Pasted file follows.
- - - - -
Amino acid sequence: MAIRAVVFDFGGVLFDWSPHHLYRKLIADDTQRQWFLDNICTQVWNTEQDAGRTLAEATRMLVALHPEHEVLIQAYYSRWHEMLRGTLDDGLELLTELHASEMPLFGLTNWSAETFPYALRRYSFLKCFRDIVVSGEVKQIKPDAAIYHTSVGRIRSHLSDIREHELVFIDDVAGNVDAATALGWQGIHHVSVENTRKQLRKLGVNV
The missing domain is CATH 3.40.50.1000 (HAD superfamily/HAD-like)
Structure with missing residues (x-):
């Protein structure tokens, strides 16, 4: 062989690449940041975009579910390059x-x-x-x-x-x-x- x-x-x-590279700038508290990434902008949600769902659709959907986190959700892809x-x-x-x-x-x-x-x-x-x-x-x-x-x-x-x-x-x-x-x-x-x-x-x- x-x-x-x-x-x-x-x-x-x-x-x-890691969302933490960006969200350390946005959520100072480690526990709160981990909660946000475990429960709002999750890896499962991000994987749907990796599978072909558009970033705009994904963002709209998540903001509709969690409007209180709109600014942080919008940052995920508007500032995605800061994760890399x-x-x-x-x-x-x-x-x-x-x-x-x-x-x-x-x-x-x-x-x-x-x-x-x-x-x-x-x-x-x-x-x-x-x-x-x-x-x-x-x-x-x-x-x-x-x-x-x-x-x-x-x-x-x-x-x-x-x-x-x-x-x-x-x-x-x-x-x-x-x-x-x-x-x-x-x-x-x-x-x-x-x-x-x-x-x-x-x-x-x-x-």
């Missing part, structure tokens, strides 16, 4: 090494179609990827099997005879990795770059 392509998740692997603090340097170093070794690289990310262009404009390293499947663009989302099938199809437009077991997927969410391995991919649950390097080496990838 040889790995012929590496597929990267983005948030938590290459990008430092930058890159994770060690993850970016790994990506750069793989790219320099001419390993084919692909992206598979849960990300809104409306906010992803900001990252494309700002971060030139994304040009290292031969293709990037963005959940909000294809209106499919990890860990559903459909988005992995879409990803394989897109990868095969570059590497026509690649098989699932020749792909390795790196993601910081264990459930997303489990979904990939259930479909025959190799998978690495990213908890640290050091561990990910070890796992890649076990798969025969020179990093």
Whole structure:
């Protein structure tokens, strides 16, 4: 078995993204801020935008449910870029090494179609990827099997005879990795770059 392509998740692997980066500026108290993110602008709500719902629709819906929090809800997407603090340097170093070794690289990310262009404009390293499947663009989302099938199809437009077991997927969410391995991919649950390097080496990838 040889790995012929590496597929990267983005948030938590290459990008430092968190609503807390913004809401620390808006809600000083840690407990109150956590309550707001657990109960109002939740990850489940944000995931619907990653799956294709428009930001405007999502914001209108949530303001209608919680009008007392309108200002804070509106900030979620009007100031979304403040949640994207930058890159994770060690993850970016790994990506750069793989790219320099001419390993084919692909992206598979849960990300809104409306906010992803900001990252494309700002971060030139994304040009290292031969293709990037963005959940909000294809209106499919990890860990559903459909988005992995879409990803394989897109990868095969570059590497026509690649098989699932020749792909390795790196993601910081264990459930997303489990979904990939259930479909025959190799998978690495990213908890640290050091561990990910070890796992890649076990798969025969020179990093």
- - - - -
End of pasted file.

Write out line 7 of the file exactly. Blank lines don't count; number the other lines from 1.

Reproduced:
């Protein structure tokens, strides 16, 4: 078995993204801020935008449910870029090494179609990827099997005879990795770059 392509998740692997980066500026108290993110602008709500719902629709819906929090809800997407603090340097170093070794690289990310262009404009390293499947663009989302099938199809437009077991997927969410391995991919649950390097080496990838 040889790995012929590496597929990267983005948030938590290459990008430092968190609503807390913004809401620390808006809600000083840690407990109150956590309550707001657990109960109002939740990850489940944000995931619907990653799956294709428009930001405007999502914001209108949530303001209608919680009008007392309108200002804070509106900030979620009007100031979304403040949640994207930058890159994770060690993850970016790994990506750069793989790219320099001419390993084919692909992206598979849960990300809104409306906010992803900001990252494309700002971060030139994304040009290292031969293709990037963005959940909000294809209106499919990890860990559903459909988005992995879409990803394989897109990868095969570059590497026509690649098989699932020749792909390795790196993601910081264990459930997303489990979904990939259930479909025959190799998978690495990213908890640290050091561990990910070890796992890649076990798969025969020179990093």